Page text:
S’mores Kits? Saunas? Short-Term Rental Hosts Scramble to Stand Out.

In Scottsdale, Ariz., where the sunny weather lures bachelorette party revelers year-round, short-term rental owners are ready and waiting.

Their houses are designed with bright interiors — vibrant wallpaper, neon signs, colorful murals, pops of pink — and resort-like outdoor spaces. There are makeup studios with mirrors, ring lights and swivel chairs where everyone can get ready for a night on the town. Pools, fire pits and yoga areas are highlighted in the listings, designed to catch bridesmaids’ eyes with photos worthy of a glossy magazine.

“We didn’t just design a house,” said Carissa Vivirito, an Airbnb host in Scottsdale. “We designed an entire brand.” With a partner, Nicole Zopolos, she owns three houses under the “Pink Cactus” name that cater specifically to bachelorette parties.

The short-term rental industry, in which people rent out furnished rooms, apartments or houses on platforms like Airbnb and Vrbo, has grown so fast in recent years that supply now outpaces demand across the United States, with homeowners scrambling to convert their second homes or investment properties into cash. But three straight years of declining occupancy rates have left more hosts to fight over fewer guests, driving down prices and forcing the hosts — and the platforms they use — to find new and creative ways to entice renters.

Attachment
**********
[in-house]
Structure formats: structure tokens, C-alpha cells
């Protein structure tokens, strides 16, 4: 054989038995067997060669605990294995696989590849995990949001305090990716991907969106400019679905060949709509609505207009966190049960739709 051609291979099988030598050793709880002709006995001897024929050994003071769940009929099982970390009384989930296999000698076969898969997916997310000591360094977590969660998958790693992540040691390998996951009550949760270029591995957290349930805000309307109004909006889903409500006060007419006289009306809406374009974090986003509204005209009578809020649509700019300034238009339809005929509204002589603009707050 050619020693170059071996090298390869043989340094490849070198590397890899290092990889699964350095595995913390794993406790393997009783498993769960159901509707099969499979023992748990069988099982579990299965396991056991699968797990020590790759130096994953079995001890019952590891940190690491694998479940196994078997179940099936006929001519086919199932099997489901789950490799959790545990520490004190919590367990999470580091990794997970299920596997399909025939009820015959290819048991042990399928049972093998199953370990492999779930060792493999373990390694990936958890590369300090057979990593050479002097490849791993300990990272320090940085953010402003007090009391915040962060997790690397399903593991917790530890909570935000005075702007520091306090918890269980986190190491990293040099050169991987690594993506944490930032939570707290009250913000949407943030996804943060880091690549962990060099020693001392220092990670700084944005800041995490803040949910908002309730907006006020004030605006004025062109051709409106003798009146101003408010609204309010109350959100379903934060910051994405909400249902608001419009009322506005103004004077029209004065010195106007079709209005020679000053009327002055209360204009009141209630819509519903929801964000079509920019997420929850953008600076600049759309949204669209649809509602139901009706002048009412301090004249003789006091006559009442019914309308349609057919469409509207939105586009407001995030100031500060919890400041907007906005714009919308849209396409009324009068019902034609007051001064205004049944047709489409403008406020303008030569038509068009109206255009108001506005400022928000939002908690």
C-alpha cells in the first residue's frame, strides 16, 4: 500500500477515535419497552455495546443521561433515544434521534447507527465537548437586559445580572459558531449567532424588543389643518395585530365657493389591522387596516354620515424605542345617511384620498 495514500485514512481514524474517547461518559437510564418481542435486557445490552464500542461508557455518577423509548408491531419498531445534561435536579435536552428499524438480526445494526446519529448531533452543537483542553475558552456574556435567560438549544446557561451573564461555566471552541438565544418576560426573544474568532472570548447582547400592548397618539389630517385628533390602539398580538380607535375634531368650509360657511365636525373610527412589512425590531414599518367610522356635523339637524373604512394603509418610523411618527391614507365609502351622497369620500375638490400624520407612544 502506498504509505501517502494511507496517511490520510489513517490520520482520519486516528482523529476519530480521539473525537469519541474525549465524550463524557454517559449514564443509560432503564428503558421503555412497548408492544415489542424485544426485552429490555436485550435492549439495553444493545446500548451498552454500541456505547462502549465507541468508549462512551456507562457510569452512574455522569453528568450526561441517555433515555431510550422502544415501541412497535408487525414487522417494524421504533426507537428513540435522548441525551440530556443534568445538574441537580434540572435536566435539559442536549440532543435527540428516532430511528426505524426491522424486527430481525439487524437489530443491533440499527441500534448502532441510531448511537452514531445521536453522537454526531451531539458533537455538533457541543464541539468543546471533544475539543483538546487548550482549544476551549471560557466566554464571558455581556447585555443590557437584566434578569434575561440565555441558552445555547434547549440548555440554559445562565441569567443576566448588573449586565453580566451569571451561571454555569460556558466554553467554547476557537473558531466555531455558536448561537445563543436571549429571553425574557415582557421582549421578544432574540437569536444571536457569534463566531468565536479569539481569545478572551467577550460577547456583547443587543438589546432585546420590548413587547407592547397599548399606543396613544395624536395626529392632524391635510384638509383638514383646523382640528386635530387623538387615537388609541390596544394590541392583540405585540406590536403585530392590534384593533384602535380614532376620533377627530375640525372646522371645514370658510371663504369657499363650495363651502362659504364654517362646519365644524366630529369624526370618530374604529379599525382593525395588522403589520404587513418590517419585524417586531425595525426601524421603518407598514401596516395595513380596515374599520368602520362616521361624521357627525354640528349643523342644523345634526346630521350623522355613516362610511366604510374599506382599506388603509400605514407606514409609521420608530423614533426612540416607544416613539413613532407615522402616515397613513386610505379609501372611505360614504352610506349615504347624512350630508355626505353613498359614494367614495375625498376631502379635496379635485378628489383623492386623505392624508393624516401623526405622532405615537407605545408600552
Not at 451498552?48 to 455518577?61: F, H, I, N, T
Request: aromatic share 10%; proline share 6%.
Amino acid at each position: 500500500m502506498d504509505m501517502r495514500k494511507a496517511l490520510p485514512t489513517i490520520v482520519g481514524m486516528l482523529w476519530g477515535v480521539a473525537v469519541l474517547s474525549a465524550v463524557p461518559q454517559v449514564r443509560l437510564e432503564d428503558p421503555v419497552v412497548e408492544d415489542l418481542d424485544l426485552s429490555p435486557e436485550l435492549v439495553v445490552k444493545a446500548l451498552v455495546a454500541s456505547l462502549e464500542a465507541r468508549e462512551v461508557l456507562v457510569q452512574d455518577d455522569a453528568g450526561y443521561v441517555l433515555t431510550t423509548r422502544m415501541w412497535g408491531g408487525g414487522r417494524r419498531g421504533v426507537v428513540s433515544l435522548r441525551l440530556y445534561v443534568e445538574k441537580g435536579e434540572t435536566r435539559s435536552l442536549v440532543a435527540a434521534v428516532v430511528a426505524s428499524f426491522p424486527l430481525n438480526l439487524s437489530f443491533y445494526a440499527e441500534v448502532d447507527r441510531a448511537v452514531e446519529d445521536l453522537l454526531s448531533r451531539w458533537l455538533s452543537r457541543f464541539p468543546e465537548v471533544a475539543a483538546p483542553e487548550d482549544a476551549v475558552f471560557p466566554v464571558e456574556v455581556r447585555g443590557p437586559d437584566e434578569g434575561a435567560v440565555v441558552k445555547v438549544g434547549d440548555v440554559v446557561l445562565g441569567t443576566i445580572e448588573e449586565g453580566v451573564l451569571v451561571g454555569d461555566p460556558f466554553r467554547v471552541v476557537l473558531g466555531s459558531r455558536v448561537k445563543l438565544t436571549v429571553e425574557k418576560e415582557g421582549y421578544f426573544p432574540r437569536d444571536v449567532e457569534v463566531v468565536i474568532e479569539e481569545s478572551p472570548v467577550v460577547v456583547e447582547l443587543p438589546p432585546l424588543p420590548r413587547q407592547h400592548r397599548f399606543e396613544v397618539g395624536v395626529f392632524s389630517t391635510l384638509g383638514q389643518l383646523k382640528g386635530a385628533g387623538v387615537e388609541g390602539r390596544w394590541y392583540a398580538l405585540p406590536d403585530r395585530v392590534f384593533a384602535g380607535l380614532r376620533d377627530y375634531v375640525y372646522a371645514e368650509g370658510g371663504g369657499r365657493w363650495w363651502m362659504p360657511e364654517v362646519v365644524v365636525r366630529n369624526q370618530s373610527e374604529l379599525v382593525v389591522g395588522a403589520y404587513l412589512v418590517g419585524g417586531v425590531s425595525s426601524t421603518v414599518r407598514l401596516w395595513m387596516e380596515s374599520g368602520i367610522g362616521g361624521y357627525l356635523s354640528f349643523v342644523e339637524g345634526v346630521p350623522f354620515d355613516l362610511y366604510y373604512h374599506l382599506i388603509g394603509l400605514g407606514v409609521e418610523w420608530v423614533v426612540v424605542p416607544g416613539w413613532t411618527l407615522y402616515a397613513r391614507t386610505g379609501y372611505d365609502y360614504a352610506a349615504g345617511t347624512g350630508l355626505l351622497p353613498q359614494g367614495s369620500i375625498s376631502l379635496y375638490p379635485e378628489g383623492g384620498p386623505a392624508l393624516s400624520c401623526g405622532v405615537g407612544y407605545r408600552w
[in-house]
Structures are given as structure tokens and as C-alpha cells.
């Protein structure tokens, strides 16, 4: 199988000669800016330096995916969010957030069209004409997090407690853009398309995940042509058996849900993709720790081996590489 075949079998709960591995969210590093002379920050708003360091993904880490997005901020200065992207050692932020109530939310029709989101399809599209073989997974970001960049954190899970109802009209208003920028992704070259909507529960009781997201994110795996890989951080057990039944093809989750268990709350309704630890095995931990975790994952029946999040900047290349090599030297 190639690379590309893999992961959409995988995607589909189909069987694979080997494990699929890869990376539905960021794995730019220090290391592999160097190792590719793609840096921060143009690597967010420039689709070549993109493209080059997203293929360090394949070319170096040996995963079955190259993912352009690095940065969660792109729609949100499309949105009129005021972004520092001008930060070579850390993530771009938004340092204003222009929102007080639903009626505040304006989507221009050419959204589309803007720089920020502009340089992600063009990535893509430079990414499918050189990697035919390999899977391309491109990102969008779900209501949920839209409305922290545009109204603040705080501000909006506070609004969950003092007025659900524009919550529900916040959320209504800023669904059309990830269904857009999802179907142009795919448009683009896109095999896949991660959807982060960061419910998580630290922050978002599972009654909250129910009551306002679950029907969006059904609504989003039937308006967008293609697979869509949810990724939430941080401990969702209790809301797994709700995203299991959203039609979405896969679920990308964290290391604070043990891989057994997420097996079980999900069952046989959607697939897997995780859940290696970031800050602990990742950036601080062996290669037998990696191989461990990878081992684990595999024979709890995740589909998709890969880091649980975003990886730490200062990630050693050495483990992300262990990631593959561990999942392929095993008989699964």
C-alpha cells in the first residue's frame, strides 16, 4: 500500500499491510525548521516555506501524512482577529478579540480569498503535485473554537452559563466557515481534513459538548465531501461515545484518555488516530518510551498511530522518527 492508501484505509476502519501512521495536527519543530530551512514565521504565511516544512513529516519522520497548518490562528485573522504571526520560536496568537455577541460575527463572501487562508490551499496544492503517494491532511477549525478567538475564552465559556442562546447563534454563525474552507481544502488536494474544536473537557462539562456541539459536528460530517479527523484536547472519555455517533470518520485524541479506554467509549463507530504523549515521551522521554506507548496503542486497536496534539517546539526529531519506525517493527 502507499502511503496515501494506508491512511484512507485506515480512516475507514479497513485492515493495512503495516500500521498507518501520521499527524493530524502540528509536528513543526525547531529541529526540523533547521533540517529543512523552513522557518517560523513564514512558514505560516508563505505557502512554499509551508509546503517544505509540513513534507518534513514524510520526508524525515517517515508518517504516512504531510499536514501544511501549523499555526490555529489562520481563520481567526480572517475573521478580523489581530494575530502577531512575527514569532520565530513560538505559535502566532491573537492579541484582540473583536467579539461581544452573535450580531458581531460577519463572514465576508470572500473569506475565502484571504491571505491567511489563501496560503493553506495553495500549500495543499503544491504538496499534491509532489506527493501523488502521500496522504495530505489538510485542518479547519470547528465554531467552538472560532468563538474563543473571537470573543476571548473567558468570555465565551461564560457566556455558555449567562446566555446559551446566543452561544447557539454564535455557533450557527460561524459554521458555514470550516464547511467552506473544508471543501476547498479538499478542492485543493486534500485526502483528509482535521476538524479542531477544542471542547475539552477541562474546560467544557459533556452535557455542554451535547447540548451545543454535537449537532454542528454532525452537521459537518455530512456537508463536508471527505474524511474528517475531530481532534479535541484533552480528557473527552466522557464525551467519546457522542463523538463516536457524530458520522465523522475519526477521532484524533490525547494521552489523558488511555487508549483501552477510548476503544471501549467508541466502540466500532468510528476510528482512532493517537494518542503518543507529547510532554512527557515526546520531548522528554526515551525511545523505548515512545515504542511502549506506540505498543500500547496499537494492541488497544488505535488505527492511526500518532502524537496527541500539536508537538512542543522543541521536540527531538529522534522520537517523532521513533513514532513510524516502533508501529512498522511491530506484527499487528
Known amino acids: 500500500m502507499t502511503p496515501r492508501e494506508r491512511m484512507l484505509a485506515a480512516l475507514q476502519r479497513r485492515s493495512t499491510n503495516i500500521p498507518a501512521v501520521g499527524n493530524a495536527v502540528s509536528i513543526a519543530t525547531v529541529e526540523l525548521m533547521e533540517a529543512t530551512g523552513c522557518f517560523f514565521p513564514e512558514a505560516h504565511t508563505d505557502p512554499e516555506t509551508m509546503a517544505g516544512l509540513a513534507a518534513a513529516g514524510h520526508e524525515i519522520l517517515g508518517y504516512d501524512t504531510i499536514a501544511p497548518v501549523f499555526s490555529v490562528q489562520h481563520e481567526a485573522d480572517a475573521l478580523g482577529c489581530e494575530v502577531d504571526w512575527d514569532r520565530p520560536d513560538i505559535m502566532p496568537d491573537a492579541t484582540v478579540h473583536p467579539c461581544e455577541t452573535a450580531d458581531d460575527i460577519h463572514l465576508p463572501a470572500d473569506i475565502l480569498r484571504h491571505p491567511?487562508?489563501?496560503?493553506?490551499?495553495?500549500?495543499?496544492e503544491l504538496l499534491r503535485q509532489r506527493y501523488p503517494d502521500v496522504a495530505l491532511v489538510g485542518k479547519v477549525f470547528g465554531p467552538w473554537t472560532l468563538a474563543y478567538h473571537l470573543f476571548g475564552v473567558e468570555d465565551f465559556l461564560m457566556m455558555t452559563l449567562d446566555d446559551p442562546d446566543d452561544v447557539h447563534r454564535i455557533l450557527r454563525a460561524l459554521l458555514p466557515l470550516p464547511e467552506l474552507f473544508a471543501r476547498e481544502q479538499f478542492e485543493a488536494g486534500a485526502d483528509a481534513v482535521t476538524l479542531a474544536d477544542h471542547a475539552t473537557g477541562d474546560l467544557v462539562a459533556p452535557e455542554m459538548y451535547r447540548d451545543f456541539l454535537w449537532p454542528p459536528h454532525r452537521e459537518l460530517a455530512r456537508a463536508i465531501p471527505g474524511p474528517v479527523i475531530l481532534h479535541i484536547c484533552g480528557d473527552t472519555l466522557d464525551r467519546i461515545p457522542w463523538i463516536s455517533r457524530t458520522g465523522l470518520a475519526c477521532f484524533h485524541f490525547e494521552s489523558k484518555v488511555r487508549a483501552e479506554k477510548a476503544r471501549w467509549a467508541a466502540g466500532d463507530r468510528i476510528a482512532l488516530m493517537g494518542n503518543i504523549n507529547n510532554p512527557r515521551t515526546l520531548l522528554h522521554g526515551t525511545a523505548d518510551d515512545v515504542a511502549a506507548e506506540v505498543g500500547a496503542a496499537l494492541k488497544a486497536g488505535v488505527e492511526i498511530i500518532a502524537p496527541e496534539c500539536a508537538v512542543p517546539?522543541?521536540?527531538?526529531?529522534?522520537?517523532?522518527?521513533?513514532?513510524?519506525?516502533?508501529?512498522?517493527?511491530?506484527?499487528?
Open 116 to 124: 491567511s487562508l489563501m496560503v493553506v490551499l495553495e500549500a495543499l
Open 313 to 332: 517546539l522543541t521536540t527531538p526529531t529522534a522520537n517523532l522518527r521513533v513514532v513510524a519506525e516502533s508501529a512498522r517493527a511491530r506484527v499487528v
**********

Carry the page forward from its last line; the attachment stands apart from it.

Last month, perhaps in an effort to combat creepy headlines and sketch-show roasting, Airbnb announced a ban on all indoor security cameras (“to prioritize the privacy of our community”). The company, which leads the industry with more than 7.7 million listings, also rolled out a new guest cancellation policy that allows refunds in the event of foreseeable weather events, like hurricanes.

Back to top button